The decisions made in the Huzar v Jet2 and Dawson v Thomson cases confirmed that routine technical difficulties are not extraordinary circumstances. Ron Huzar was delayed for 27 hours on a Malaga to Manchester flight. The delay had been caused by faulty wiring and Jet2 had claimed that this was unforeseen and categorised as an ‘extraordinary circumstance’. In the Dawson v Thomson case, James Dawson was claiming for an eight-hour delay on a flight to the Dominican Republic in 2006; his claim was made in 2012. The airline refused to pay, citing the Montreal Convention, which limits claims to two years after an incident.

On October 31st 2014 the Supreme Court upheld the rulings at appeal. Delays caused by technical problems cannot be categorised as ‘extraordinary’ circumstances and not liable for compensation and consumers have up to six years after the flight to make qualifying compensation claims. A judge in Liverpool county court threw out applications on the 25th February 2015 by Jet2, Ryanair, Flybe and Wizz Air to keep claims on hold  until a case in Holland about technical delays (Van dear Kans v KLM) was decided. He stated that cases should be settled in line with existing passenger-rights rules.

Note: 17/09/15 further ruling against KLM  in the European Justice Court.

Airline strikes and how it affects compensation

Where a strike involves employees of another organisations, eg. air traffic controllers, an airline cannot be expected to pay compensation for a delay that realistically is outside of their control. However, if delays occur as a result of a strike by an airline’s own employees, then passengers should be entitled to compensation.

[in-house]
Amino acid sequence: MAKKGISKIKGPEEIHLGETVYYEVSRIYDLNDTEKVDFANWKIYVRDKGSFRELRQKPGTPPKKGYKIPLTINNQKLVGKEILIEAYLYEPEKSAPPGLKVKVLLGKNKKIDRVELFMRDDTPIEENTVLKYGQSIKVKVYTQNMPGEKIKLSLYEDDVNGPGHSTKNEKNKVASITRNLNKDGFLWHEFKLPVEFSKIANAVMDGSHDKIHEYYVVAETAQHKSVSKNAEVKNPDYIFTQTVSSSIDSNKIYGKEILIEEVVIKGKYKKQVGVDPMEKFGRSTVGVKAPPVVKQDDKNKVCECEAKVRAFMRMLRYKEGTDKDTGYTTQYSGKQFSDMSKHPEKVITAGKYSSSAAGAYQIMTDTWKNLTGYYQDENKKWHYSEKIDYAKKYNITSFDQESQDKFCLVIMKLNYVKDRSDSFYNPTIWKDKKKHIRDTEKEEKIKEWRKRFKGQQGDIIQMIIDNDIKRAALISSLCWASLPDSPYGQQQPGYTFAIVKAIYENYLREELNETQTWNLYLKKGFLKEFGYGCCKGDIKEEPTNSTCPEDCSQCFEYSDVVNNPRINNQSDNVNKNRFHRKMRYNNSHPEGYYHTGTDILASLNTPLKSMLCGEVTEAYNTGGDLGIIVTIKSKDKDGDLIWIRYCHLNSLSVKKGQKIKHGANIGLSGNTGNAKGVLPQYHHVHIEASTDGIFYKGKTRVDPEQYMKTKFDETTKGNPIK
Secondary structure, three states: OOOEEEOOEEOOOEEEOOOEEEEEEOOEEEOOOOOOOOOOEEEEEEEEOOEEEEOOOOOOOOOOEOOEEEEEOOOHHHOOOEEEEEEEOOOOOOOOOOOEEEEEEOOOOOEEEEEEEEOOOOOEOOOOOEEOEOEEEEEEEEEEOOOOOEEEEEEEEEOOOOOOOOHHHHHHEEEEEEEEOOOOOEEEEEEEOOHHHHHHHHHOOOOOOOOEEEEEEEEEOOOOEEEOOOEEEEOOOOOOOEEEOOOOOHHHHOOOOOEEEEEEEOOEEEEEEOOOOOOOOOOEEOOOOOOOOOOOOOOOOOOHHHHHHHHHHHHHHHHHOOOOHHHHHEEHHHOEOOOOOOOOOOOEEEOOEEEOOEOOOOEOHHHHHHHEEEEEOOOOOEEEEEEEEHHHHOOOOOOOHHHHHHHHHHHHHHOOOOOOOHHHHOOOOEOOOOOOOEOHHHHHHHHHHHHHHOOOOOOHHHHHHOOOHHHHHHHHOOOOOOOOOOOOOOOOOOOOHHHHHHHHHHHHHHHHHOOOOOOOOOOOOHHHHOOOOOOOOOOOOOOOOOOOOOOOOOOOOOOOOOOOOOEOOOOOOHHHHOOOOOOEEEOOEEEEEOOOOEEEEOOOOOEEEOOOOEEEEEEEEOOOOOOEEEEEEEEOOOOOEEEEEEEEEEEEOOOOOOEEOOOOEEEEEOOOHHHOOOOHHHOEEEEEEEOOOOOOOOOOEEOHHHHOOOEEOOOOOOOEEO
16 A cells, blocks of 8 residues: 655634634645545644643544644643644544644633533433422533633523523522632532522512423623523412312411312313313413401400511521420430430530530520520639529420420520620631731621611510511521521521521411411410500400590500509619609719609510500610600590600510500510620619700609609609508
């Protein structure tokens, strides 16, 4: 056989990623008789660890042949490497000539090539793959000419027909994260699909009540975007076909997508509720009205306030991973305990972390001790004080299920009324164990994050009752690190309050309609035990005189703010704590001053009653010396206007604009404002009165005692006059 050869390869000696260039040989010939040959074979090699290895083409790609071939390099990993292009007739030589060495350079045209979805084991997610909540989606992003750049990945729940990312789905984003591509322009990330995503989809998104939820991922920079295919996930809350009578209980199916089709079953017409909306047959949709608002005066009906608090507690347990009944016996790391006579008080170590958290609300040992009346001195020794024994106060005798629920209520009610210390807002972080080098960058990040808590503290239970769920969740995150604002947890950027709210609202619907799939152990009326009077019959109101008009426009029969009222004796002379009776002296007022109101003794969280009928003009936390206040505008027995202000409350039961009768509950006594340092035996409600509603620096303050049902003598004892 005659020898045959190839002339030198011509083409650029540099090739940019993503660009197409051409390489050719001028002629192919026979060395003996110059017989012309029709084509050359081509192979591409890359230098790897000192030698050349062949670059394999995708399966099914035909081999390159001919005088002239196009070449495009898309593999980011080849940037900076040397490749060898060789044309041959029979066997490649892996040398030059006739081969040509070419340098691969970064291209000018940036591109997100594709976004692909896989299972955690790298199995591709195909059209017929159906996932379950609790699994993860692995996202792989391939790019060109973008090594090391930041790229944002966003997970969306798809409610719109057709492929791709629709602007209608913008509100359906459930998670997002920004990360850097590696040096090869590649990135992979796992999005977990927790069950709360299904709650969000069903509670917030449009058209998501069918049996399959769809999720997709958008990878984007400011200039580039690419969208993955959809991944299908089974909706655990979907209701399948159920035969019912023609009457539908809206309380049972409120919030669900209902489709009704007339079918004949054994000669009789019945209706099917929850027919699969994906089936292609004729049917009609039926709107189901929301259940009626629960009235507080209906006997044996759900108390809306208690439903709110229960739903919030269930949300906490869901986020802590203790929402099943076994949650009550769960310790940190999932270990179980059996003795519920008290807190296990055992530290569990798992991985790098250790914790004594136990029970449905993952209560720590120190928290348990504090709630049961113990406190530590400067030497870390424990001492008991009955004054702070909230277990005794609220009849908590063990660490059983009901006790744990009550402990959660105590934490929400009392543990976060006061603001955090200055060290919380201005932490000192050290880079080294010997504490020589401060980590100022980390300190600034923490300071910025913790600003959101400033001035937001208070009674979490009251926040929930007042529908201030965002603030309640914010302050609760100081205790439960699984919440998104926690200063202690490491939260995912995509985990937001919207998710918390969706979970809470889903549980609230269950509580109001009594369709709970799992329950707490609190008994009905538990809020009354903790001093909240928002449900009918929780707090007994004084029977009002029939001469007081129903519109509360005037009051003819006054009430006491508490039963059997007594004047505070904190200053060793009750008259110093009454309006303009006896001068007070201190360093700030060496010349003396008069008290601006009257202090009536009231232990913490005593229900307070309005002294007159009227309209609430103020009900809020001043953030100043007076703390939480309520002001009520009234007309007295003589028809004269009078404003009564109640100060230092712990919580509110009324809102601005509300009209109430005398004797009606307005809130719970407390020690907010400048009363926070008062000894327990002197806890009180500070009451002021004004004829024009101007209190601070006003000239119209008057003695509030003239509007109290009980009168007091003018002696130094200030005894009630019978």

Should you be met with refusal, quote the  Helga Krüsemann and Others v TUIfly GmbH case where it was ruled that strike by the company’s employees are not extraordinary circumstances. 17 April 2018.

Connecting flights

If, due to a delay of less than 3 hours, you miss your connecting flight and so arrived at the final destination more than 3 hours late, you are entitled to compensation of between €125 and €600. However, this is only the case if you book both flights together.

Airlines will really fight this one! But! In The Air France SA v Heinz-Gerke Folkerts& Luz-Tereza Folkerts 26/02/13 case, the Judge ruled that “Article 7 of Regulation (EC) No 261/2004 of the European Parliament and of the Council of 11 February 2004 establishing common rules on compensation and assistance to passengers in the event of denied boarding and of cancellation or long delay of flights, and repealing Regulation (EEC) No 295/91 must be interpreted as meaning that compensation is payable.

This is on the basis of that article, to a passenger on directly connecting flights who has been delayed at departure for a period below the limits specified in Article 6 of that regulation, but has arrived at the final destination at least three hours later than the scheduled arrival time, given that the compensation in question is not conditional upon there having been a delay at departure and, thus, upon the conditions set out in Article 6 having been met.” So quote that!

Update – In March 2018 the Supreme Court ruled that airlines must pay compensation when passengers miss a connecting flight and arrive more than 3 hours late at a destination outside of the EU. Claudia Wegener v Royal Air Maroc SA  31 May 2018.

Aeroplane in blue sky

Consequential losses and your entitlement to redress

If you have booked a hotel and other things, you should try to claim.

The EU laws don’t cover consequential losses. However domestic law may,